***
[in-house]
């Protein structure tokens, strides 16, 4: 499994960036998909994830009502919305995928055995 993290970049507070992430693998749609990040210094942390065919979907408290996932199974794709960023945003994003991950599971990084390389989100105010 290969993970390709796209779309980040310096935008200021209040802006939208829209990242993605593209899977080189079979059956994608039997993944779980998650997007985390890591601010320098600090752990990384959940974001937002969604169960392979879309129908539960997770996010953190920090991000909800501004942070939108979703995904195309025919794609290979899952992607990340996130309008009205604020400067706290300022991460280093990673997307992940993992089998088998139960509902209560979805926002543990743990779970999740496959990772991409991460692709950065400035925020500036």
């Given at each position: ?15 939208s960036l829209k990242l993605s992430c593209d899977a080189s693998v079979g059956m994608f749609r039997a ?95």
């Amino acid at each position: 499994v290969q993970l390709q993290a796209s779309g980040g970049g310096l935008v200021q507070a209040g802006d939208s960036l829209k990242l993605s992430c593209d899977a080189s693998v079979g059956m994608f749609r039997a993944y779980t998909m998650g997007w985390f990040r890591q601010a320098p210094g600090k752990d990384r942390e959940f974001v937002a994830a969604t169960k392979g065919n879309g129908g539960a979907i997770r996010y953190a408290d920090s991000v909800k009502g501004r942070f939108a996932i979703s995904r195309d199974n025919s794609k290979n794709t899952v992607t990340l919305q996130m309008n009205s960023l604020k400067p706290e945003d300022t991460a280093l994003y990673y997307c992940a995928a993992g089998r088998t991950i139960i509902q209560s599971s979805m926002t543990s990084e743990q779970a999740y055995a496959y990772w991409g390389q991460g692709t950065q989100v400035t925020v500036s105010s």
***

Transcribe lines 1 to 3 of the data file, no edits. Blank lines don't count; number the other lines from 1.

[in-house]
């Protein structure tokens, strides 16, 4: 499994960036998909994830009502919305995928055995 993290970049507070992430693998749609990040210094942390065919979907408290996932199974794709960023945003994003991950599971990084390389989100105010 290969993970390709796209779309980040310096935008200021209040802006939208829209990242993605593209899977080189079979059956994608039997993944779980998650997007985390890591601010320098600090752990990384959940974001937002969604169960392979879309129908539960997770996010953190920090991000909800501004942070939108979703995904195309025919794609290979899952992607990340996130309008009205604020400067706290300022991460280093990673997307992940993992089998088998139960509902209560979805926002543990743990779970999740496959990772991409991460692709950065400035925020500036």
């Given at each position: ?15 939208s960036l829209k990242l993605s992430c593209d899977a080189s693998v079979g059956m994608f749609r039997a ?95």